May 15, 2001
5:15 PM   Subscribe

Sometimes you don't know how the hell you wound up at a site. You're out there, surfing, minding your own business, and then you enter the zone, and the next thing you know you're at a page that you would normally never go to, and you have no idea how you got there. This is the only explanation I can come up with as to why I ended up at the official homepage of prog-rock relics Yes.
posted by solistrato (17 comments total)
Somehow, whenever I end up at something by accident, it's usually something like
posted by kindall at 5:30 PM on May 15, 2001

By that measure, I'd say solistrato got off lucky.
posted by allaboutgeorge at 5:43 PM on May 15, 2001

Ah, the days of twin-neck guitars. I'm currently reliving an old obsession with Julian Cope, who basically uses his twin-neck 12/6 string for everything. Sounds awful to me, but they sure looked cool when I first saw them back in '72 or thereabouts. (Goes mumbling off into old prog-rock coot land…)
posted by rodii at 6:44 PM on May 15, 2001

My most shameful secret: Yes was my favorite band in middle school. *sigh* (Now, however, I'm an indie rock god.
posted by tweebiscuit at 6:58 PM on May 15, 2001

Prog-rock superfrogs Magma are worth a mention here.
posted by dfowler at 7:18 PM on May 15, 2001

Well, full disclosure: I used to own some Yes albums, and I actually saw them in concert once - my roommate at the time was huge into them. Now, I have to wonder what I was thinking.
posted by solistrato at 7:36 PM on May 15, 2001

Funny enough, I know the guy who runs that website (yesworld). He and the band put a lot into it.
posted by kokogiak at 7:39 PM on May 15, 2001

I DON’T HAVE TO STAND FOR THIS. “Owner of a Lonely Heart” was the first surrealistic music video with high production values and is a landmark in the evolution of the genre. Every subsequent music video, up to and including “What It Feels Like for a Girl,” in which the visuals tell a self-contained story unrelated to the song traces back to that one.

posted by joeclark at 8:17 PM on May 15, 2001

I saw Yes in concert on their Union tour and quite liked the show. I like much of their music, although their recent output is rather lacking in my opinion. My favorite of theirs is probably Drama, which is not much known among non-fans. This was the album that they made with Trevor Horn and Geoff Downes (aka the Buggles) as part of the band. It is, I believe, the only Yes album without Jon Anderson singing on it. Horn later, of course, would produce their mega-hit 90125, as well as bands ranging from Mike Oldfield to Frankie Goes to Hollywood to the Art of Noise.

If you like Yes-type music, by the way, check out Billy Sherwood's former band, World Trade, they have an album on Magna Carta. That record sounded so much like a Yes record, the real Yes asked him to join.
posted by kindall at 8:24 PM on May 15, 2001

Joe: piffle. I don't want to argue about what the *first* "surrealistic music video with high production values" was, but "Owner of a Lonely Heart" came out in 1983. Ultravox's "Vienna," which was a huge hit on MTV, had been long before that, and I'm sure other people can come up with more examples.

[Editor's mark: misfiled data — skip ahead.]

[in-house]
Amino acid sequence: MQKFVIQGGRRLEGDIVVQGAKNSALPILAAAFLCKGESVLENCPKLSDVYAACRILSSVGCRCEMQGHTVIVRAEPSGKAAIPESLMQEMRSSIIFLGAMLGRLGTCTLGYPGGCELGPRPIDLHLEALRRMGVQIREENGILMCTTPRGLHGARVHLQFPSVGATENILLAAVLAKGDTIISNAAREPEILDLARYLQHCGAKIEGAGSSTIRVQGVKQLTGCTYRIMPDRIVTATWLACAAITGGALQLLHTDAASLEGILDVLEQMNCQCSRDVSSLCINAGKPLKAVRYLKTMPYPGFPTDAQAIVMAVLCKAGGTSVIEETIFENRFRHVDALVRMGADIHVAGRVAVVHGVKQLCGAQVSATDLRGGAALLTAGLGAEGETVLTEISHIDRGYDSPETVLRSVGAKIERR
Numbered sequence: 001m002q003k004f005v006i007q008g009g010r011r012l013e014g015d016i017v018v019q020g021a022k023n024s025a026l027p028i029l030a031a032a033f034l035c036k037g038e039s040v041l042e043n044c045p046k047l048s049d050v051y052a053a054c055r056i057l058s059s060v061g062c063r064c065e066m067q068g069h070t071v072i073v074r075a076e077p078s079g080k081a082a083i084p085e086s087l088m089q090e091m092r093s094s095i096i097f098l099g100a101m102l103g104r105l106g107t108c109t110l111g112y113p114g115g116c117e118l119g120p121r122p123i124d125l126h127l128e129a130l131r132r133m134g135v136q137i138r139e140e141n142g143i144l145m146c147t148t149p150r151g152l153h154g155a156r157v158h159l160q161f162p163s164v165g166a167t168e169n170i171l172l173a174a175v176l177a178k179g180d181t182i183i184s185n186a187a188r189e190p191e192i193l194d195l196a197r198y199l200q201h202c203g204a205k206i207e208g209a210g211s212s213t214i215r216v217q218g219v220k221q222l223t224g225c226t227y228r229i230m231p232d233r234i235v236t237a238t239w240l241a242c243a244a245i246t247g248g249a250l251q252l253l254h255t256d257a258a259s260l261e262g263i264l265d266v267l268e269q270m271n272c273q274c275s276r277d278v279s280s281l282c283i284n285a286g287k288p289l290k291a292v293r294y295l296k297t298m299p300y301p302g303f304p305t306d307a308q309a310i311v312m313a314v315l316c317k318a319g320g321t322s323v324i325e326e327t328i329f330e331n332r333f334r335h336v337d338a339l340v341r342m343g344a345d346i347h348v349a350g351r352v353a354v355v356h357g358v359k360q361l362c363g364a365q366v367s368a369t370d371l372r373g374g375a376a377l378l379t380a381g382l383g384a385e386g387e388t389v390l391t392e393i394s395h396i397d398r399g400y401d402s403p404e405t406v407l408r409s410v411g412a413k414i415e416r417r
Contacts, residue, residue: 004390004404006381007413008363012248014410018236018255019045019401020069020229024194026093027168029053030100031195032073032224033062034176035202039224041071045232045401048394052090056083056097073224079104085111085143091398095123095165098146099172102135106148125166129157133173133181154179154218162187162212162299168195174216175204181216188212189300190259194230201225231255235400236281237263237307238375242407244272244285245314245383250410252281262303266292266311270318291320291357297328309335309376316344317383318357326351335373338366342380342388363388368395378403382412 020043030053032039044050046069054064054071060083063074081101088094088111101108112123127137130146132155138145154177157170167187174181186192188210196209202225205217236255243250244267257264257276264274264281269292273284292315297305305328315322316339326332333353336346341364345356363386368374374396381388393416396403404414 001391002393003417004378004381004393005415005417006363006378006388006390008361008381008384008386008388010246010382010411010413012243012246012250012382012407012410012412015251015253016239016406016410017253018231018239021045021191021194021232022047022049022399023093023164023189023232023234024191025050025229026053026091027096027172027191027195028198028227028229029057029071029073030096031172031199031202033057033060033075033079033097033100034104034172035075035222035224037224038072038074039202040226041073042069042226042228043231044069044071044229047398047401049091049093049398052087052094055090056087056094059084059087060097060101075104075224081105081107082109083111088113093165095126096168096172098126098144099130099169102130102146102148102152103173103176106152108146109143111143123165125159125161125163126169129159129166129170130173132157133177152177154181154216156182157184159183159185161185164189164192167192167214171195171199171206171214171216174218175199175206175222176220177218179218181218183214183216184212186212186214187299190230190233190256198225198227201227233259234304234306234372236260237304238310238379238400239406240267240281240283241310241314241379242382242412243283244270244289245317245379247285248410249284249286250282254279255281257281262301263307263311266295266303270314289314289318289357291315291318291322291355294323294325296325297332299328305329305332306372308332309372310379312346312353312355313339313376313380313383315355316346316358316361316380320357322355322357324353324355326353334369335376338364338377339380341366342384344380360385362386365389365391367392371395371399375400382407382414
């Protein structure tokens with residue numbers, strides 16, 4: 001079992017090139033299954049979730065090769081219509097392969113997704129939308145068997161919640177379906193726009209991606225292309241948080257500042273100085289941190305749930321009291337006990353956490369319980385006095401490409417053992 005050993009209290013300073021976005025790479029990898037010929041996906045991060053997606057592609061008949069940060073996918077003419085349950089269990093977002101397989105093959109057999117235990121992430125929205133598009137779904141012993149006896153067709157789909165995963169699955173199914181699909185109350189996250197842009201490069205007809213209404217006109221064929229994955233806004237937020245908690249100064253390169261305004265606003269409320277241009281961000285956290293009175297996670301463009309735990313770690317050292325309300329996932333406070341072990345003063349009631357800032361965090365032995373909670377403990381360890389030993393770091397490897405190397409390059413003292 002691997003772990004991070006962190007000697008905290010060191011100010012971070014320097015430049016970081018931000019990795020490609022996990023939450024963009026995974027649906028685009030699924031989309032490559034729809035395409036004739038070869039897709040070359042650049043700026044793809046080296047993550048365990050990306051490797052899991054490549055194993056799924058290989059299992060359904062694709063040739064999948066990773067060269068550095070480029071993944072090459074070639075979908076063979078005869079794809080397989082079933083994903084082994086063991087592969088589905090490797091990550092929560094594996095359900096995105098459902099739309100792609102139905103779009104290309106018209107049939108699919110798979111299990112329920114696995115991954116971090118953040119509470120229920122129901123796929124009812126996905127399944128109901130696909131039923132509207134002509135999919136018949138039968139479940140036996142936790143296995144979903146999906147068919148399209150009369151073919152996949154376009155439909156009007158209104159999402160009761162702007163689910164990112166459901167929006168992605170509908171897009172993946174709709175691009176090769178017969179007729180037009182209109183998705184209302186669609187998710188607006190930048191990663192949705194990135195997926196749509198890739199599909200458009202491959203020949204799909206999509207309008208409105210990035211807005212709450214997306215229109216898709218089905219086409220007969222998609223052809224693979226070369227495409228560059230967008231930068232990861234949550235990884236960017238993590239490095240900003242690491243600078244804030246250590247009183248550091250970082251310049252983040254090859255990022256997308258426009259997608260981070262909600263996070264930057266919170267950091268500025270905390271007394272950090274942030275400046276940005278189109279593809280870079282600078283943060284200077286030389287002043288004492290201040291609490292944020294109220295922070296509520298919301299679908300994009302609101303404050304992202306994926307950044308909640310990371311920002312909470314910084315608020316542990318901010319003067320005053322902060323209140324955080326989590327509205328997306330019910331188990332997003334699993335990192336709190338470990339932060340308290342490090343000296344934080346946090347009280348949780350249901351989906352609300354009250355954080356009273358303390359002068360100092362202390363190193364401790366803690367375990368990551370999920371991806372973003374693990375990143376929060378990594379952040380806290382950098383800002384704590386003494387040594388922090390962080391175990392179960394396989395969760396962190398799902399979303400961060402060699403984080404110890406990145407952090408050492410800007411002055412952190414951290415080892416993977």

posted by rodii at 8:47 PM on May 15, 2001

I found the website a year ago ON PURPOSE! I was looking for a cool background picture for my desktop. Old Yes (1969 ~ 1974) is one of my all-time favorite bands. The stuff after that, I could do without. Nevermind the videos or the album covers or even the lyrics. Yes's music (their older stuff anyway) is good because it's complicated and interesting and beautiful.
posted by Loudmax at 11:51 PM on May 15, 2001

Yes rocks. I saw them last year and already have tickets for this summer's tour. I continue to listen to their music on a regular basis.

So there.
posted by y6y6y6 at 6:11 AM on May 16, 2001

Like tweebiscuit, I had a huge middle school prog rock phase which I would never have admitted to in my punk rock / college rock / grunge / indie years. But a couple years back, I saw the trailer for Buffalo 66 which was set to "Heart of the Sunrise," and said to myself: Damn that's good. Maybe I was imprinted at a tender age, but The Yes Album and Fragile hold up quite nicely.
posted by whuppy at 6:20 AM on May 16, 2001

Oh and by the way, all you indie rock gods, I'll take anything in Yes's repertoire up to and including Yessongs over Tortoise.
posted by whuppy at 6:25 AM on May 16, 2001

I'm currently reliving an old obsession with Julian Cope

rodii, you just made a friend for life. I thought I was the only person in the world who liked that addled drug-nutty genius.

Poet is priest, I'm beginning to move.
posted by Skot at 9:23 AM on May 16, 2001

Yeah, I was actually considering going back through some of my old Yes albums -- unfortunately, I didn't really like them because of their music's quality, but because they were the first band I ever really liked. I mean, hell, I used to listen to the Tormato album!! God! But yes, some of their stuff still holds up -- but that doesn't make it any less embarassing to have been a huge fan. heh.
posted by tweebiscuit at 2:19 PM on May 16, 2001

Well said, Loudmax. I've got their tapes in my car. Yes make excellent driving music, complicated and speedy.
And Jon Anderson has the most beautiful voice in the world.
I remember one of the band members saying they used to get hate mail 'cause no one could understand their lyrics!
posted by flowerdale at 4:15 AM on May 22, 2001

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